Organized in collaboration with the Programme d’ergothérapie de l’Université de Montréal
Eating is a highly complex process, with great emotional significance for the child, parent(s) and caregivers. This course will illustrate how DIR® (Developmental, Individual differences & Relationships) principles are used within feeding intervention for infants and children (6 months-12 yrs.), with a wide range of feeding challenges.
Through the use of case examples, we will describe the importance of collaboration with families, as well as how to create individualized treatment plans. This coordinated effort has the goal of supporting the child to feel safe and self-motivated in the eating experience as it unfolds within the culture of the family. Building on a sense of trust within therapeutic relationships, children and parents can develop skills that meet their feeding goals around meals. Along the way, they develop a sense of mutual engagement within their relationships finding satisfaction during feeding and around meal times.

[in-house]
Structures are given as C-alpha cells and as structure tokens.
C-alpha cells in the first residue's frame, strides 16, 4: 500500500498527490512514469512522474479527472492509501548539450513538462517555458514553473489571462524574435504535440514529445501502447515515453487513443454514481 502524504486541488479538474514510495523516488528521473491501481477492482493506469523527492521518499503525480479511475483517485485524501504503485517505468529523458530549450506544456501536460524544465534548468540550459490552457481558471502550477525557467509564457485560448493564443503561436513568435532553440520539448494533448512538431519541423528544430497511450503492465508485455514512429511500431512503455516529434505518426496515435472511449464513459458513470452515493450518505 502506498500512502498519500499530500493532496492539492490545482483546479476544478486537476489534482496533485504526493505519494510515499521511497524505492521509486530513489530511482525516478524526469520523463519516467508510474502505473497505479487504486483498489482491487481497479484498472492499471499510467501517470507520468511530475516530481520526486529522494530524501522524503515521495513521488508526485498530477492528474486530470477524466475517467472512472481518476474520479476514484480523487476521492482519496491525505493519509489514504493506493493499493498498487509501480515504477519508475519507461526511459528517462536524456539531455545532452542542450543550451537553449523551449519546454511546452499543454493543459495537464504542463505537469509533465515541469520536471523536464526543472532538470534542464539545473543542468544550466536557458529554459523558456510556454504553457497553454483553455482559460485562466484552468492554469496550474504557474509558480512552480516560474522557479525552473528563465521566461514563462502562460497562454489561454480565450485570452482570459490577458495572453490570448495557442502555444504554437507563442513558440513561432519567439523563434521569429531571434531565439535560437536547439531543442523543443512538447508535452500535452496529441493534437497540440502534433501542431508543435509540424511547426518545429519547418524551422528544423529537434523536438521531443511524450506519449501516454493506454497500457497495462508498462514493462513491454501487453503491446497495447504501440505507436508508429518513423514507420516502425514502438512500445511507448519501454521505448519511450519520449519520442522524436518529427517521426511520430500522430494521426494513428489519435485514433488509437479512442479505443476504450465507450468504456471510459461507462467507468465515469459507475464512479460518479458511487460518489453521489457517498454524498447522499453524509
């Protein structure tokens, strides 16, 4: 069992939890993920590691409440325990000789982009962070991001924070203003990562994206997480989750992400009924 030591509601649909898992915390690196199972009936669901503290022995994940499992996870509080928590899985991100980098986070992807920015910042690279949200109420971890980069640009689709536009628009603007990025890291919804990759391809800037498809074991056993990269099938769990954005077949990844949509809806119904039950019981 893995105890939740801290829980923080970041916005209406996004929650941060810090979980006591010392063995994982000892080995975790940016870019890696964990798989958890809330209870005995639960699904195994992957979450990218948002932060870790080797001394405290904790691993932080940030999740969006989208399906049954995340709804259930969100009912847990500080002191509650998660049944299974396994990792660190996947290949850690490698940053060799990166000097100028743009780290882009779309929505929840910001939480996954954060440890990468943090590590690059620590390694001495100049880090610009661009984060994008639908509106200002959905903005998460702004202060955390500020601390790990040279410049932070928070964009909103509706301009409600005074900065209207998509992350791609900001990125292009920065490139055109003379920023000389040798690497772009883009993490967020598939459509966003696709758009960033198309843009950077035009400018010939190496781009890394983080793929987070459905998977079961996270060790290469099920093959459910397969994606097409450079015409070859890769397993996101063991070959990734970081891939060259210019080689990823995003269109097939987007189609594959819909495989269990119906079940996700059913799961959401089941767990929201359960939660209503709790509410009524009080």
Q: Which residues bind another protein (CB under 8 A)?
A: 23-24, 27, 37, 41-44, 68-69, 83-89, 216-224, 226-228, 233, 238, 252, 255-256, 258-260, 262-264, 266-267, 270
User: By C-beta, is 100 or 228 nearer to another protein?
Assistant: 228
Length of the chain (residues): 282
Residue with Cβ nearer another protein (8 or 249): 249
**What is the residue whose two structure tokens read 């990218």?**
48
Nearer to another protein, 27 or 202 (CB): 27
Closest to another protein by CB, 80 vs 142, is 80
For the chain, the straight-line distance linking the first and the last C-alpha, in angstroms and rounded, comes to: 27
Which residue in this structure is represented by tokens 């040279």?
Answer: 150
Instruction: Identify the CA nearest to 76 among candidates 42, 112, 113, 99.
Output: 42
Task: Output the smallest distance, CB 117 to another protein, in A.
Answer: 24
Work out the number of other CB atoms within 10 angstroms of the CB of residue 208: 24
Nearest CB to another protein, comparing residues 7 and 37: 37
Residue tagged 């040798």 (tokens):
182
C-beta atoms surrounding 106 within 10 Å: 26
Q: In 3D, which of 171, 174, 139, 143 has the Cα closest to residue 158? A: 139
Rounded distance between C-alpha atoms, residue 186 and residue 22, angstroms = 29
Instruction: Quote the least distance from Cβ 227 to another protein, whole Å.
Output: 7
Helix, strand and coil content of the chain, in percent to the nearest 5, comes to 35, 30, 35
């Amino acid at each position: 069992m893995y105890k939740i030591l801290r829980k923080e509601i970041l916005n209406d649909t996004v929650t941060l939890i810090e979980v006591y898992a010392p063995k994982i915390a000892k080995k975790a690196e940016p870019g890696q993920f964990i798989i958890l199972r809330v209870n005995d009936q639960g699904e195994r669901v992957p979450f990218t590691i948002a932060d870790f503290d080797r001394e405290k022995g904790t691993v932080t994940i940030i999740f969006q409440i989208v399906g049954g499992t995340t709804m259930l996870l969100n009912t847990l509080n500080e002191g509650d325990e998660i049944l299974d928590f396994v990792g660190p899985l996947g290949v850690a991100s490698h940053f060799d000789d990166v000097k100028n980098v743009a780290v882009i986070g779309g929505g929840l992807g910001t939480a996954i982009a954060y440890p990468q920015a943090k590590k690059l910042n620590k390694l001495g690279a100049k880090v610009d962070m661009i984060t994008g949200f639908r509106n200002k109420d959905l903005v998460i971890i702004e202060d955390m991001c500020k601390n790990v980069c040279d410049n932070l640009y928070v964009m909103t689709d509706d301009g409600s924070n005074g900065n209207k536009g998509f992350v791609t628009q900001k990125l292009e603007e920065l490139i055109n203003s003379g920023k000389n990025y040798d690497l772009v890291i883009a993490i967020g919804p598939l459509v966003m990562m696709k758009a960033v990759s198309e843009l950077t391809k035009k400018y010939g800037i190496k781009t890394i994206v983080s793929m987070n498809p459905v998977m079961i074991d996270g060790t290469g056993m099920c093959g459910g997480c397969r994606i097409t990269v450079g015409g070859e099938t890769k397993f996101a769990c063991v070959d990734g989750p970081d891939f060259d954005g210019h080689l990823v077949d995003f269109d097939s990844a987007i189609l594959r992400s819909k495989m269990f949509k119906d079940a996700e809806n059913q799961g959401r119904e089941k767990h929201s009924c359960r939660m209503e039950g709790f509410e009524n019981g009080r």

Using the DIR® approach we challenge the child to use all their developmental capacities in the feeding experience. The importance of interdisciplinary collaboration, including nutrition, medicine, occupational therapy, speech therapy, Floortime™ and mental health will be illustrated. Participants will gain a better understanding of relationship-based intervention and a set of therapeutic “tools” to guide their practice in the home, clinic and school based setting. Video case studies will be used to illustrate practical solutions to complex feeding disorders.
Diane Cullinane, MD;
Julie Miller, MOT, OTR/L, SWC;
Patricia Novak, MPH, RD, CLE